There are several variations on root types among perennials, including tubers, rhizomes, surface roots, underground running roots, taproots, and roots that form clumps or offsets. Roots that form clumps or offsets will have small plants growing at the base of a larger one, like coneflowers and hostas; these can become dense and may need to be cut with a tool. To maintain a healthy plant, keep at least three growing points (they should be easy to see, protruding from the clump) when replanting. Taproots, which are deep and vertical, do not divide well and it is generally recommended they not be divided. These include plants like butterfly weed, false indigo and Oriental poppies. Plants such as plume poppies and hardy geraniums with underground running roots develop suckers—smaller plants that grow off the main one—as they grow beyond the shade of the so-called mother plant. If these suckers are overcrowding the bed, they can be cut away from the main plant without any digging, although you may want to dig them up to remove the suckers directly from the mother plant. Bee balm, black-eyed Susans and creeping sedums have surface roots, running on or just below the surface of the soil. As they reach an open space, they’ll form new crowns and roots. By cutting between the stems the way you would with sod on a lawn, you’ll divide a section with its own stems and roots that can be replanted elsewhere, to create some breathing room.
Bearded iris are the most commonly known perennial with a rhizome root system—a healthy one will be about a thick as your thumb with healthy roots on one end and a leaf fan sprouting from the other. Though a rhizome only blooms once, because it reproduces itself at the root, it is considered a perennial. When dividing an iris bed, anything in the center that’s weary (from the parent plant) can be discarded. Tuber roots, such as dahlias, require what is known as an eye on each division. It is from this eye—often a visible and recognizable white or pink dot on a large tuber—that the next year’s stem will come, so be sure to leave one intact on each division. Tubers and rhizomes both are best separated with a knife.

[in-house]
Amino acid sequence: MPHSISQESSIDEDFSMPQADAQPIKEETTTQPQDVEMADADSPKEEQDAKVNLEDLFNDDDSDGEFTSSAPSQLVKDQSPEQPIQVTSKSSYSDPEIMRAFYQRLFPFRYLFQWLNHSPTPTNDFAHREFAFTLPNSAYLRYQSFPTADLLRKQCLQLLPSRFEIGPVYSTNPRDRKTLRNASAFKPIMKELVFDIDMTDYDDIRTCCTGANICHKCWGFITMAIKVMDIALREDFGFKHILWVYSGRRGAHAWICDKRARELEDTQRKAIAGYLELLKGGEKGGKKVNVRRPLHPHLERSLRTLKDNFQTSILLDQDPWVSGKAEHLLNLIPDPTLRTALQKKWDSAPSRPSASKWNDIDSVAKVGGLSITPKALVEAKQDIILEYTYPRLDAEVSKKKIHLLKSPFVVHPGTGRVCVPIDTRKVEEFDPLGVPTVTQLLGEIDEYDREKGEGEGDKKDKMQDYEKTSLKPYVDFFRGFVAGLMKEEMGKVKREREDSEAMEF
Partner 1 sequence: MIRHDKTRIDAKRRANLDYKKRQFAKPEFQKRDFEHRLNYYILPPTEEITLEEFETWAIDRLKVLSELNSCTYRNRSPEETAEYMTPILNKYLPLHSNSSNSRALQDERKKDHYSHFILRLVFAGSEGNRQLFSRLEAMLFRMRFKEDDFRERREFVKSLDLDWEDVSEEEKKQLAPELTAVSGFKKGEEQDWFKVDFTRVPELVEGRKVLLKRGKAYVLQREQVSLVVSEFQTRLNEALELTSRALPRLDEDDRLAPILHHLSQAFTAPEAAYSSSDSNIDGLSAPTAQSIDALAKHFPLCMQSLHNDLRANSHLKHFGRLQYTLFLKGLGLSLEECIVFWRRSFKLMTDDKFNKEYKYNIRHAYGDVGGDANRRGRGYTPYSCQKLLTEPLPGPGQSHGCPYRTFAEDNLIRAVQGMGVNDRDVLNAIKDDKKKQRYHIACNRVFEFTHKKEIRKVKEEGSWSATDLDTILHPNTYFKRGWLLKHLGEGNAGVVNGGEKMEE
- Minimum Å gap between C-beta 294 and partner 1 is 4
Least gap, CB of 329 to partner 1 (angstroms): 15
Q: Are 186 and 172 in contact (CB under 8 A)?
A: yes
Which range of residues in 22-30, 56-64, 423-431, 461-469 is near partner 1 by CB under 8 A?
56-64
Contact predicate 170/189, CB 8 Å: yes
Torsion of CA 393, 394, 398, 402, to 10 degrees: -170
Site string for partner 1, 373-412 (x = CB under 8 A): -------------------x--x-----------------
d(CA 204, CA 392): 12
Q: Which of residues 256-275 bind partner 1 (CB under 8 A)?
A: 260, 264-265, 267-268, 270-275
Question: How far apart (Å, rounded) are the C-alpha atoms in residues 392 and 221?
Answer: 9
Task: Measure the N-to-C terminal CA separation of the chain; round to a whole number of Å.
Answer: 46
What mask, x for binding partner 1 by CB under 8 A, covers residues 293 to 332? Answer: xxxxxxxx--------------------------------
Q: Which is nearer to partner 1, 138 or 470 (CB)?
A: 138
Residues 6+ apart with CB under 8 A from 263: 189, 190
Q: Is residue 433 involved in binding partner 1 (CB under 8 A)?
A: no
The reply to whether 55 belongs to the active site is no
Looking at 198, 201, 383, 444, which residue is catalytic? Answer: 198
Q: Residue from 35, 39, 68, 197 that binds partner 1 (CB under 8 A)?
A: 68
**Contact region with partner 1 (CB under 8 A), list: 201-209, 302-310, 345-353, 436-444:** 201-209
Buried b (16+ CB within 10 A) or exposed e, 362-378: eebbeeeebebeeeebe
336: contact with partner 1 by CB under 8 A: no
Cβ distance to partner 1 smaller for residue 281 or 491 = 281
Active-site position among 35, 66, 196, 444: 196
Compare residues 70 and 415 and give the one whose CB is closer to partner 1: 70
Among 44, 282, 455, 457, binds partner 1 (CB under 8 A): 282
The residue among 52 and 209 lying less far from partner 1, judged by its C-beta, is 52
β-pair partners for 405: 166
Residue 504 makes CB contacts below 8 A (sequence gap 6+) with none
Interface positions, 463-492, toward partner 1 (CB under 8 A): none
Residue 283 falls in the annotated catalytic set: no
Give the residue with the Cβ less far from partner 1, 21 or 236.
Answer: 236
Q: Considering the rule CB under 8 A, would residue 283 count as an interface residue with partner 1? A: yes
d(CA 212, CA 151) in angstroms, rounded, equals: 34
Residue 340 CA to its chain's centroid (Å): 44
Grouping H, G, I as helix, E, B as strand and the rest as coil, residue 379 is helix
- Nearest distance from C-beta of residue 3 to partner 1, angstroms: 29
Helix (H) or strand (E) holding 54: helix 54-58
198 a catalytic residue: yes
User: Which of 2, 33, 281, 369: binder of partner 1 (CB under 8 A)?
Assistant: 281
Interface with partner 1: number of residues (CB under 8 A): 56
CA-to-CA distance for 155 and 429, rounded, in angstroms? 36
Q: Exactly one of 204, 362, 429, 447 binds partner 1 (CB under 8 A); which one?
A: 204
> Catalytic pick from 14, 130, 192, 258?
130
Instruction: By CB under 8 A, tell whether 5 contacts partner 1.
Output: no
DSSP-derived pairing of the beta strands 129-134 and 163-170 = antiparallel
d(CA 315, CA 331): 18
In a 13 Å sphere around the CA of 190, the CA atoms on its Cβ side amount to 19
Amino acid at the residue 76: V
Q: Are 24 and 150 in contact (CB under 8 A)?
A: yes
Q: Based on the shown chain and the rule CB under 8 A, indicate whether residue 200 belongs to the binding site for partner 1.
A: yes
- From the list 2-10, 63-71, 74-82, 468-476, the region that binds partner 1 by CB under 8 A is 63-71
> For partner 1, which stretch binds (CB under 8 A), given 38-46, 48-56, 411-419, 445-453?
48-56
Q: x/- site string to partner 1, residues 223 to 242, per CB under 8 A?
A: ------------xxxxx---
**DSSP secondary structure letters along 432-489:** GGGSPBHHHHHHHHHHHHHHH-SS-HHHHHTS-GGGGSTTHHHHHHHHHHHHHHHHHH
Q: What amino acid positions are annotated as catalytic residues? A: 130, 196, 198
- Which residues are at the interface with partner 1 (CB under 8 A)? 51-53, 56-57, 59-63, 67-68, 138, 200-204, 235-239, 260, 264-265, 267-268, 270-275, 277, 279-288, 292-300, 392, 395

Replanting Your Perennials
Once you’ve pulled the roots apart, discarded the dead and/or diseased matter, get them back into the ground promptly to keep them from drying out. Before placing them back into the bed you dug them out of, replenish the soil with organic matter of your choice. Replenishing the soil boosts the health of your plants, and also takes up the space of the removed roots, helping the beds settle back into place.
Perennials multiply exponentially; one stem this season is likely to turn into three or four next year, so keep that in mind as you divide and replant. The smaller the section, the more it will grow, so quartering (or smaller) your plant is preferable to halving it. Replant at the original depth in a hole that is as wide as its roots when spread out. Don’t try to squeeze a plant into a hole that’s not big enough because you’ll defeat the plant’s natural regrowth mechanisms. Spread your divisions out; the tops of the plants will be as wide as the roots at the time of planting. It can be helpful to place your plants with the roots spread out in the area you are replanting before completely covering the bed with soil, to gauge what the bed will look like when it blooms. You will probably have some leftover plants that you can use in another area or share with a friend. Dividing perennials is a great way to share part of your garden with friends.
If not divided on a regular basis, some plants, like iris, will stop blooming. Division of perennials is necessary to their wellbeing, so while some root systems can be downright stubborn in staying put, the process is often more traumatic to the gardener than the plant. So be brave and take that shovel to that patch of perennials without fear. They’ll thank you for it with glorious blooms.